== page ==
General George S. Patton went down history as one of America’s most beloved military figures whose popularity was only exceeded by his accomplishments in the field of battle.
Hailed as one of WWII’s most uncompromising leaders, he began his military education at the prestigious West Point Academy, where he proved to be a promising candidate.
The would-be legendary general first saw action during the 1915 Pancho Villa Expedition in Mexico. He served as a personal aide to John J. Pershing, who would later assume the commanding role over all American forces in Europe during the First World War.
It was this campaign that enabled him to remain Pershing’s aide in Europe and receive the rank of captain. During WWI, Patton would establish the Light Tank School within the American Expeditionary Corps.
From that point on, he would become a cutting-edge tactician of armored warfare ― a trait that would put him at the very center of the war that followed.
As the U.S. involvement in the Second World War brought an unprecedented reliance on tanks and other armored fighting vehicles, Patton’s knowledge in this area landed him the role of establishing the United States Army’s first armored divisions.
Alongside Adna R. Chaffee Junior, he quickly rose through the ranks, becoming a commanding general of the 2nd Armored Division by 1941.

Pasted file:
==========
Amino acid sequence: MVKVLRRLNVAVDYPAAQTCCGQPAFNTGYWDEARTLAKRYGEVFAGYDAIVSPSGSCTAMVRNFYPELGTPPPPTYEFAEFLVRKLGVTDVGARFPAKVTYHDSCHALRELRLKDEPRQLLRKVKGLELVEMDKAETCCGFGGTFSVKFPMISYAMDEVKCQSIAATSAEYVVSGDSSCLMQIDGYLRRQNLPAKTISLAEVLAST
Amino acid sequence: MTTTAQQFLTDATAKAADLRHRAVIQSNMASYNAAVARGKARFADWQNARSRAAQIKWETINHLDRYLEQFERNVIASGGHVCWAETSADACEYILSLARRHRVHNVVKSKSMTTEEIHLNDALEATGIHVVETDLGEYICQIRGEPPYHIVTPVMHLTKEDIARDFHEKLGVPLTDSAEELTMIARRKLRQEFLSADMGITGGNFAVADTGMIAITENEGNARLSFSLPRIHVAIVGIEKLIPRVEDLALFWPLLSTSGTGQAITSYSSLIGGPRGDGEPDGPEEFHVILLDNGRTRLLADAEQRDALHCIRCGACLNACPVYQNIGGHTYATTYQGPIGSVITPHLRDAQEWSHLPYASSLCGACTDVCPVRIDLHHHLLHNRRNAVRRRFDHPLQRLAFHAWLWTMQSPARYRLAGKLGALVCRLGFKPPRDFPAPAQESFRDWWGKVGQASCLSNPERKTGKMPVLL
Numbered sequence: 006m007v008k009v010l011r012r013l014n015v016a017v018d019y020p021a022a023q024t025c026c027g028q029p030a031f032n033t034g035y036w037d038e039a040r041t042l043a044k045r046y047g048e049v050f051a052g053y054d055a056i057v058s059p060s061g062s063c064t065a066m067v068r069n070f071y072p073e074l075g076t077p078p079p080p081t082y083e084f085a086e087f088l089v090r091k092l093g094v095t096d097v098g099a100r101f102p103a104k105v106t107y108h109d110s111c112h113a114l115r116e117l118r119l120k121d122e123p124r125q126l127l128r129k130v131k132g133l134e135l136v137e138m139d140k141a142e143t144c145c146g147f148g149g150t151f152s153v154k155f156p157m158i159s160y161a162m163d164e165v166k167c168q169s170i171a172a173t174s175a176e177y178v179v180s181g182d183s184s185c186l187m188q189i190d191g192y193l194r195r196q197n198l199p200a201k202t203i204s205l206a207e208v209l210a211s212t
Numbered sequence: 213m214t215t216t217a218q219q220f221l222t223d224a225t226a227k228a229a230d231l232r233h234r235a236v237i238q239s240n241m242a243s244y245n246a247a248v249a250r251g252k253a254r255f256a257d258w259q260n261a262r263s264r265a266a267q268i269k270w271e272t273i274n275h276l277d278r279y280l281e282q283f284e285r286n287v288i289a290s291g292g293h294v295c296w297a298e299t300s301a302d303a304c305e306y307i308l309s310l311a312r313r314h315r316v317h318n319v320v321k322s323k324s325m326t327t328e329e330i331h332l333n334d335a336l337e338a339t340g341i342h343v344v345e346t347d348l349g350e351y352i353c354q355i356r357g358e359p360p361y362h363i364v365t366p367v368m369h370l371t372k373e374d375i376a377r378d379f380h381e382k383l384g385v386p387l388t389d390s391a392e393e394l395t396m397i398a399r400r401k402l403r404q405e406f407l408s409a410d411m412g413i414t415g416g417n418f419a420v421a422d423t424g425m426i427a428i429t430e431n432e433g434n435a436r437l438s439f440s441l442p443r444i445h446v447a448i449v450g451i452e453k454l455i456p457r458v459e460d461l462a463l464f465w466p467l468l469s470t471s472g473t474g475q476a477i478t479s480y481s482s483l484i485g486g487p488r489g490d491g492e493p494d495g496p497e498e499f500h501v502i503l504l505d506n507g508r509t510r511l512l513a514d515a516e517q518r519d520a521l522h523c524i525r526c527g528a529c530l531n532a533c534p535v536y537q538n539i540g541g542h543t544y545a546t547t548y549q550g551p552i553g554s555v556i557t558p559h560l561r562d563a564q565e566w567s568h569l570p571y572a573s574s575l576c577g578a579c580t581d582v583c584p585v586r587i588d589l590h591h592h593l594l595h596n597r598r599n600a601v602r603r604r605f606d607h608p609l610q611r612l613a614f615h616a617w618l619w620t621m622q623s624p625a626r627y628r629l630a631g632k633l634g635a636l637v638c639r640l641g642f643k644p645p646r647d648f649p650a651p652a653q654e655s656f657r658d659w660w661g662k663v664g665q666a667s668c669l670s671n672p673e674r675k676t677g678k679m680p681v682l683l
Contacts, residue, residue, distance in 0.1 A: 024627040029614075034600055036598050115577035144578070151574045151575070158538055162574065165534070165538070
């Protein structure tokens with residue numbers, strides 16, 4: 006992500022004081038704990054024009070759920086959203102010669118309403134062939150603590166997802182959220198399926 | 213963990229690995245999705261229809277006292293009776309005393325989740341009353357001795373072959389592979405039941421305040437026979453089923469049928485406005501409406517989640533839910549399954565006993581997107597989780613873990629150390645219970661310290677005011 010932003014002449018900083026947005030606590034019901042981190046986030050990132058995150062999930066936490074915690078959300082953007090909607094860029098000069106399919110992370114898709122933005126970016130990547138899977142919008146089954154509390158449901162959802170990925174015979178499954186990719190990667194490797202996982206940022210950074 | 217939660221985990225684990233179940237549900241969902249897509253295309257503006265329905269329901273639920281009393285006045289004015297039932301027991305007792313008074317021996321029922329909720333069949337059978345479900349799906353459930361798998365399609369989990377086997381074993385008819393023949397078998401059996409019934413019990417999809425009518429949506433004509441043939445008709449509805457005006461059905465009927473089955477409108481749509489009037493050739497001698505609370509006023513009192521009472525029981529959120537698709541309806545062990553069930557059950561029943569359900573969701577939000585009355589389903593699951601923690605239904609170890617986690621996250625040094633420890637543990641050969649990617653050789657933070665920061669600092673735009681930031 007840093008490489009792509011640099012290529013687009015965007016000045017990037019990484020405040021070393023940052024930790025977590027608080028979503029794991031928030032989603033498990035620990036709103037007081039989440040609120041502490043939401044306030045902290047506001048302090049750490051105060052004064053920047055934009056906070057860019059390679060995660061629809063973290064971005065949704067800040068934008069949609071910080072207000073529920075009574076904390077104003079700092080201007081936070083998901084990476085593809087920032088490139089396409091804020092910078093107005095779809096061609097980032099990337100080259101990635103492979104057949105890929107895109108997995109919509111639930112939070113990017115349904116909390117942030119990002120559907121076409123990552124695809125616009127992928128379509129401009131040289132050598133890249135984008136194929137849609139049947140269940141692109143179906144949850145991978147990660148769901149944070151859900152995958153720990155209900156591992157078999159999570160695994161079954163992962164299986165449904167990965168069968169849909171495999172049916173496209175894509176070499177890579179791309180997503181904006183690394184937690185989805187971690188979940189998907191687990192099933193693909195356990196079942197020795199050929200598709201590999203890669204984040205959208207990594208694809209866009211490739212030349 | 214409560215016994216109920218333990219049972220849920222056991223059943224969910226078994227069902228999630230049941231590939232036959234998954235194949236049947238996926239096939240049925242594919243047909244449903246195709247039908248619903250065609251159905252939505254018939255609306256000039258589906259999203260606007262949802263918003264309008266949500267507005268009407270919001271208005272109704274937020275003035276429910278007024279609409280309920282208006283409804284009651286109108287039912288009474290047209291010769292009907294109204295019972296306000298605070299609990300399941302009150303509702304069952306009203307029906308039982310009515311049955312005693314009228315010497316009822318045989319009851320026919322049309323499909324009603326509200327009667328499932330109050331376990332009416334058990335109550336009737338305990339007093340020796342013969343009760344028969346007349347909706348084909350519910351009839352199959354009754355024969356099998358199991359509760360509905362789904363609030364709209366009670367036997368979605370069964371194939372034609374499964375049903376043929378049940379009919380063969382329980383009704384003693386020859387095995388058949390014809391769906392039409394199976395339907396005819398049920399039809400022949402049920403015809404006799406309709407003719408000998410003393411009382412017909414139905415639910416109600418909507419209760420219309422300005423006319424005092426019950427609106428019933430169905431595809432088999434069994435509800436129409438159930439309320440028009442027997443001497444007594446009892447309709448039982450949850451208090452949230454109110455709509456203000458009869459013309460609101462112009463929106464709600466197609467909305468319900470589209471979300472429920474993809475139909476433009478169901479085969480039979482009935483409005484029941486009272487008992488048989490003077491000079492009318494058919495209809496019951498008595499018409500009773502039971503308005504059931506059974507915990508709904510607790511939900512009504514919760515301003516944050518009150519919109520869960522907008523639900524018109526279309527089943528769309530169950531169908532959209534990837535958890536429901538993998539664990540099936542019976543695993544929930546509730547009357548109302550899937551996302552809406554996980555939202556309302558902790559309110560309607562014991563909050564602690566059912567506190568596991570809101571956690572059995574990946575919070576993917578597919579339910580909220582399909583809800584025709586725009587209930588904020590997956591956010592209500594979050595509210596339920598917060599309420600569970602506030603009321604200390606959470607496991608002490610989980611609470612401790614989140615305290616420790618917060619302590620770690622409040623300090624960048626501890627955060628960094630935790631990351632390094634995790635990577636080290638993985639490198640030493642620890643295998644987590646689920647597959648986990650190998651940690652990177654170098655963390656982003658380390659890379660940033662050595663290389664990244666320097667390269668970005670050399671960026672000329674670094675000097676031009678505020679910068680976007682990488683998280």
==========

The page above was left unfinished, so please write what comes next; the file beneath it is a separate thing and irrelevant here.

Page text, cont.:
Patton quickly gained ground in Africa. He was making a name for himself not only among his own troops but among enemy soldiers as well.
In fact, by 1944, after great success in the Sicilian campaign, the German High Command considered him a key figure in the subsequent invasion of Europe that was to take place from England.
The Allies used this to their advantage, forming an intricate web of fake rubber tanks, weaponry, and misinformation to create the so-called “Phantom Army.”
The Germans were fed false information that this huge troop movement commanded by none other than Patton was the invasion force.
Due to such subterfuge, the German 15th Army remained locked in Pas De Calais instead of Normandy, even after the initial landings took place on the morning of June 6, 1944.
Once unleashed, Patton’s tanks were decisively victorious in relieving the American troops besieged at Bastogne during the Battle of the Bulge.
He personally considered this accomplishment the peak of his career.
Patton would see the end of Second World War in Germany, but would soon suffer a car accident that led to his death on December 21, 1945.
It is interesting to note the diary entry he made upon learning about the capitulation of Japan, as it gives a chilling closure to his remarkable achievements in combat:
“Yet another war has come to an end, and with it my usefulness to the world.”